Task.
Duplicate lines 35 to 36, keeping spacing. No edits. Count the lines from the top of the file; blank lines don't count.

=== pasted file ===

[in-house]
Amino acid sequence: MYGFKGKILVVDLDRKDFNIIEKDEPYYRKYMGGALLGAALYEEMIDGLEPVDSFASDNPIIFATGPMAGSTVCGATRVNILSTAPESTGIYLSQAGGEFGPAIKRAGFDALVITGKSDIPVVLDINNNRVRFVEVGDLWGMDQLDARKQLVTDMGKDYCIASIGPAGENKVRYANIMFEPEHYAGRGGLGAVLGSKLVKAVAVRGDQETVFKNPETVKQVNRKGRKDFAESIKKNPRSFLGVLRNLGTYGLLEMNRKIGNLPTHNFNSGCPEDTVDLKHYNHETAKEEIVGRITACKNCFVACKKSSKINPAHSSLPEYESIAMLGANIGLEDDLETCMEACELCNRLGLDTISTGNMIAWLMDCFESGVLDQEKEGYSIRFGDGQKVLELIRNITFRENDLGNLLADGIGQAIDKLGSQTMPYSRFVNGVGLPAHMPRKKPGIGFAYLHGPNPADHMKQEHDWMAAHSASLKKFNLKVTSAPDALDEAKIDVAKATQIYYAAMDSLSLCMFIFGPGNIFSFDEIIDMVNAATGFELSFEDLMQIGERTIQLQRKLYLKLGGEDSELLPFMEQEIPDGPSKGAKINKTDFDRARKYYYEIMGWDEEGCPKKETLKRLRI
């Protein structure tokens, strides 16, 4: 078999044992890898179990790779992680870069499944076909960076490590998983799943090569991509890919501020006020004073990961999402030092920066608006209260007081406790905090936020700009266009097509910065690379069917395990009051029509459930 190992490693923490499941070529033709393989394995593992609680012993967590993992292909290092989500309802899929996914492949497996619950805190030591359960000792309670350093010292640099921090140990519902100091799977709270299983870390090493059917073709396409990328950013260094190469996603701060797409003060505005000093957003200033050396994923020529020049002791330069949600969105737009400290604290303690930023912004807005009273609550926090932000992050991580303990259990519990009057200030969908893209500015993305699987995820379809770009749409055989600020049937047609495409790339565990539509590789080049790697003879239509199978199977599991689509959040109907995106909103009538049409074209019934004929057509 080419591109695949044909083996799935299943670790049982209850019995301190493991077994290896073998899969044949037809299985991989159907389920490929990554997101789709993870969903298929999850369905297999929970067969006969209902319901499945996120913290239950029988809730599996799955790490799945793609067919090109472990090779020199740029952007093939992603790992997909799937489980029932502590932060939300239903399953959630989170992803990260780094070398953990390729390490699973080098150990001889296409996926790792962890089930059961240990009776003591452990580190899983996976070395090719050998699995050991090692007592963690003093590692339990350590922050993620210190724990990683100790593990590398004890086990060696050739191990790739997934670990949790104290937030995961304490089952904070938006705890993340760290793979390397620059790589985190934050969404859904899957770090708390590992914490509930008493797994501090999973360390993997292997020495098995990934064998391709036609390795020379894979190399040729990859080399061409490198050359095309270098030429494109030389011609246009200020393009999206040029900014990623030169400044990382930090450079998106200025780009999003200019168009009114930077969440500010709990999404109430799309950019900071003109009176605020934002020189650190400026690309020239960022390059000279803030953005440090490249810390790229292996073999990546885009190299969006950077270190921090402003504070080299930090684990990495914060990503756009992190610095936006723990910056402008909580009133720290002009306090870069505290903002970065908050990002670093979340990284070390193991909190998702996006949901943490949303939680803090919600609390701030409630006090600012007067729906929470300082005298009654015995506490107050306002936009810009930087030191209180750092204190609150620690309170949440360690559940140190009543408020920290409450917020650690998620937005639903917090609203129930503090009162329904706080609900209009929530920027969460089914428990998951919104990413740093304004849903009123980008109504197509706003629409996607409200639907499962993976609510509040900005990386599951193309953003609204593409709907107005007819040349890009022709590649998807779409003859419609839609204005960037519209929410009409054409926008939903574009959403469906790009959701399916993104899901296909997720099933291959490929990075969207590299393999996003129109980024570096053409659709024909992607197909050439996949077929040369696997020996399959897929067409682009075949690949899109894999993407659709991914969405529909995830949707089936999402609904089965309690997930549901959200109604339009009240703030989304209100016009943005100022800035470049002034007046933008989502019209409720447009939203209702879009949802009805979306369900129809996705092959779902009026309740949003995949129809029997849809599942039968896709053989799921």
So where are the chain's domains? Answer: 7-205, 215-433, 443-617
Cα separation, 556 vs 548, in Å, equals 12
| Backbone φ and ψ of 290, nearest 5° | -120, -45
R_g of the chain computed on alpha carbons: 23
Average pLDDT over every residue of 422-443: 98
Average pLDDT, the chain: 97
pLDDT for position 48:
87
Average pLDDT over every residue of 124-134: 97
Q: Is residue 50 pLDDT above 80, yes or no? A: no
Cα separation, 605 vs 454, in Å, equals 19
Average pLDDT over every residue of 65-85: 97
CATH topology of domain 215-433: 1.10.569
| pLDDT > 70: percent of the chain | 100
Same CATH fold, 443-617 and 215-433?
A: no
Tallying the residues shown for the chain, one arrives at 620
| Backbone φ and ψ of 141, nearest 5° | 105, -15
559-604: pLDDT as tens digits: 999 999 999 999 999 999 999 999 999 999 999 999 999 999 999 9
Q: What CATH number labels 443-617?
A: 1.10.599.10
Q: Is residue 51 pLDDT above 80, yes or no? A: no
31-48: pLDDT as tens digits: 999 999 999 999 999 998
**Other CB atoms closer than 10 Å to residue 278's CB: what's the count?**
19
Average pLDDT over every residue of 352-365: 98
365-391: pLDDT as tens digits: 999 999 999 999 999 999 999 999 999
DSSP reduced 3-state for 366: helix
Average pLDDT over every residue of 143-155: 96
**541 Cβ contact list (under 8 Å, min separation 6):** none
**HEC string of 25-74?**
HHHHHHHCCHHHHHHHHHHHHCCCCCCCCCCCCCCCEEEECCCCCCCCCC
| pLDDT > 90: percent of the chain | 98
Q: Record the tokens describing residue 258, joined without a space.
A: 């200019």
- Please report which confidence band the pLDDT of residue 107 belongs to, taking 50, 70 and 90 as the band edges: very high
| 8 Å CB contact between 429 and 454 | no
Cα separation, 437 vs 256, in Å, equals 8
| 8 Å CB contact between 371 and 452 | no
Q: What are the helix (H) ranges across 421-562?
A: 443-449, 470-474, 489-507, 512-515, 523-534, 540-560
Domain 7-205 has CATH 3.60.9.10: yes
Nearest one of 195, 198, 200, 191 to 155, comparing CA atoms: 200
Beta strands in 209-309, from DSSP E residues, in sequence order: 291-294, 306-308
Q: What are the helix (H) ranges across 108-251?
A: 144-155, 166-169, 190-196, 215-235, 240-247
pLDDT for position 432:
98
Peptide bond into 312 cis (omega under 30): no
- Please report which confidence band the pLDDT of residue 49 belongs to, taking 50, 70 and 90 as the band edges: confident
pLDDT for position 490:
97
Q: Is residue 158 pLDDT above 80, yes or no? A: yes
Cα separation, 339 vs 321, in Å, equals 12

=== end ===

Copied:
HHHHHHHCCHHHHHHHHHHHHCCCCCCCCCCCCCCCEEEECCCCCCCCCC
| pLDDT > 90: percent of the chain | 98